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b. 31/08/1924 Fall River, Massachusetts. d. 13/11/2017 Concord, Massachusetts.


DATE OF MOH ACTION: 04/12/1950 Choisin, Korea.


Hudner was born 31 August 1924 in Fall River, Massachusetts. His father, Thomas Hudner Sr., was a businessman of Irish descent who ran a chain of grocery stores, Hudner's Markets.[2] Three brothers were later born, named James, Richard, and Phillip. Hudner entered the prestigious Phillips Academy in Andover, Massachusetts, in 1939. His family had a long history in the academy, with his father graduating in 1911 and his uncle, Harold Hudner, graduating in 1921. Eventually the three younger Hudner children would attend the academy as well; James in 1944, Richard in 1946 and Phillip in 1954.  


Following the attack on Pearl Harbor and the United States' entry into World War II, Hudner heard a speech by academy headmaster Claude Fuess which he later said inspired him to join the military. One of 10 from Phillips to be accepted into the academy from his class, he entered the United States Naval Academy in Annapolis, Maryland, in 1943 and graduated in 1946.


After graduation, Hudner served as a communications officer aboard several surface ships. During his initial years in the military, Hudner said he had no interest in aircraft. After a one-year tour of duty aboard the Baltimore-class heavy cruiser USS Helena, which was operating off the coast of Taiwan, he transferred to a post as a communications officer at the Naval Base Pearl Harbor where he served for another year. By 1948, Hudner became interested in aviation, and applied to flight school, seeing it as "a new challenge". He was accepted into Naval Air Station Pensacola in Pensacola, Florida, where he completed basic flight training, and was transferred to Naval Air Station Corpus Christi in Texas, where he completed advanced flight training and qualified as a Naval Aviator in August 1949. After a brief posting in Lebanon, Hudner was assigned to VF-32 aboard the USS Leyte, piloting the F4U Corsair. He later said he enjoyed this assignment, as he considered the Corsair to be "safe and comfortable"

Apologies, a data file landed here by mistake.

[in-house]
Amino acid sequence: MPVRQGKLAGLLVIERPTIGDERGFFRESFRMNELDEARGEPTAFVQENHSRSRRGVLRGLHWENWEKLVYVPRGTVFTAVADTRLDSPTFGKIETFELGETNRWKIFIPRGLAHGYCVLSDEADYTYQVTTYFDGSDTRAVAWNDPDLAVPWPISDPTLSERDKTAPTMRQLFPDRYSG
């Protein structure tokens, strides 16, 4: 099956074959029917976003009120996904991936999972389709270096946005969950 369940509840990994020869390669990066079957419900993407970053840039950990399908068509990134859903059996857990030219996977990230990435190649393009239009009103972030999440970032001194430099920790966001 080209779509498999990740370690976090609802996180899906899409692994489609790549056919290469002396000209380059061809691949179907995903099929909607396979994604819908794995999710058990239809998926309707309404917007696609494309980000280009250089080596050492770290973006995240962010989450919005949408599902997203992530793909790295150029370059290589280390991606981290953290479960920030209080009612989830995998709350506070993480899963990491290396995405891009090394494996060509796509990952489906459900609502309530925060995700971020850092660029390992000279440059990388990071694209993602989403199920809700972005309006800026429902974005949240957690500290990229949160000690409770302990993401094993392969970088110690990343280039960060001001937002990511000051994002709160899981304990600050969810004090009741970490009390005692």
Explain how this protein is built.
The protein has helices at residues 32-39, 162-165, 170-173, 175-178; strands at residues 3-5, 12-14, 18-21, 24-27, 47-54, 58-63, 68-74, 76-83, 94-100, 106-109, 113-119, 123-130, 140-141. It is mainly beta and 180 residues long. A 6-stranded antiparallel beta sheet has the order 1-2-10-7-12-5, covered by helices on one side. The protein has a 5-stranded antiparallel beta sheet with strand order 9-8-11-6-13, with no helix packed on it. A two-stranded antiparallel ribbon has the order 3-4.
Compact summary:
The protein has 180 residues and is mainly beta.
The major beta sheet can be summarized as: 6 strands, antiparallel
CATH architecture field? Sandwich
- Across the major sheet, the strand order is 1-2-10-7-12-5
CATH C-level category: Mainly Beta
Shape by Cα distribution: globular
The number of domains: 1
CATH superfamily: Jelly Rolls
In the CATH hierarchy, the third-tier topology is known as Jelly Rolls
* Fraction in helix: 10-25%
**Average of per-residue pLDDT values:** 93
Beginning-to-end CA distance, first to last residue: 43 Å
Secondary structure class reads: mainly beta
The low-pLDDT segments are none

For conspicuous gallantry and intrepidity at the risk of his life above and beyond the call of duty as a pilot in Fighter Squadron 32, while attempting to rescue a squadron mate whose plane struck by antiaircraft fire and trailing smoke, was forced down behind enemy lines. Quickly maneuvering to circle the downed pilot and protect him from enemy troops infesting the area, Lt. (J.G.) Hudner risked his life to save the injured flier who was trapped alive in the burning wreckage. Fully aware of the extreme danger in landing on the rough mountainous terrain and the scant hope of escape or survival in subzero temperature, he put his plane down skillfully in a deliberate wheels-up landing in the presence of enemy troops. With his bare hands, he packed the fuselage with snow to keep the flames away from the pilot and struggled to pull him free. Unsuccessful in this, he returned to his crashed aircraft and radioed other airborne planes, requesting that a helicopter be dispatched with an ax and fire extinguisher. He then remained on the spot despite the continuing danger from enemy action and, with the assistance of the rescue pilot, renewed a desperate but unavailing battle against time, cold, and flames. Lt. (J.G.) Hudner's exceptionally valiant action and selfless devotion to a shipmate sustain and enhance the highest traditions of the U.S. Naval Service



Thomas Jerome Hudner